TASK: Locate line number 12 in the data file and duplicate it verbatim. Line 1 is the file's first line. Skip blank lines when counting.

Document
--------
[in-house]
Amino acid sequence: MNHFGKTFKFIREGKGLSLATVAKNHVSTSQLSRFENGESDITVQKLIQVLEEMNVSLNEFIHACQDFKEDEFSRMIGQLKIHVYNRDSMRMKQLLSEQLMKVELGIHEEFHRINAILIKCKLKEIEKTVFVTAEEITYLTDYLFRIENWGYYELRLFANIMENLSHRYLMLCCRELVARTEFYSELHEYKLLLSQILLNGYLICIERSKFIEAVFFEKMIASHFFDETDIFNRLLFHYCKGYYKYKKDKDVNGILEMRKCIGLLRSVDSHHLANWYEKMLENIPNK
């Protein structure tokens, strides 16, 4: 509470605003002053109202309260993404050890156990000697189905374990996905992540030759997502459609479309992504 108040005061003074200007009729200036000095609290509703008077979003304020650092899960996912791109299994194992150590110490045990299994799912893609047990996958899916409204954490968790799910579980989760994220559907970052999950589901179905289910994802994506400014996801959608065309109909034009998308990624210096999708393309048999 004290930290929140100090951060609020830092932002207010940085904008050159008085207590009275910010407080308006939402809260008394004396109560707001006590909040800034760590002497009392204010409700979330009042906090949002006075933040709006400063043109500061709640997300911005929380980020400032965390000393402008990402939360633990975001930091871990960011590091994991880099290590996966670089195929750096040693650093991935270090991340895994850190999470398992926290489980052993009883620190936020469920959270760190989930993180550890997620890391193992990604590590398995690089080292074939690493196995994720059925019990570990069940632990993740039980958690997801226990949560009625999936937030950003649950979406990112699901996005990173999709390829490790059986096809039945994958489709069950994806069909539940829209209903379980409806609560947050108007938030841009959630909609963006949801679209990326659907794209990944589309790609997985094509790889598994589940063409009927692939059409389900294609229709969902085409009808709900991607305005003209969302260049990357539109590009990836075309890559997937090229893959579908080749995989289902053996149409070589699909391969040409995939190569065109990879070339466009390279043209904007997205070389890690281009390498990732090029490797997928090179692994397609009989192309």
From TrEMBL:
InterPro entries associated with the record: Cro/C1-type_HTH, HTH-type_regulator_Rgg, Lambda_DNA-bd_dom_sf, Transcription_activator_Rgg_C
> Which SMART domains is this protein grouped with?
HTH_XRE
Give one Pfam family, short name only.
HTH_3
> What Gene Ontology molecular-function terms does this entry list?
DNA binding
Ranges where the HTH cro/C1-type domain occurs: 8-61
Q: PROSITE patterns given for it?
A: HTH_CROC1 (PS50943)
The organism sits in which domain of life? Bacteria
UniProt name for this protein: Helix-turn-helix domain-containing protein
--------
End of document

Ranges where the HTH cro/C1-type domain occurs: 8-61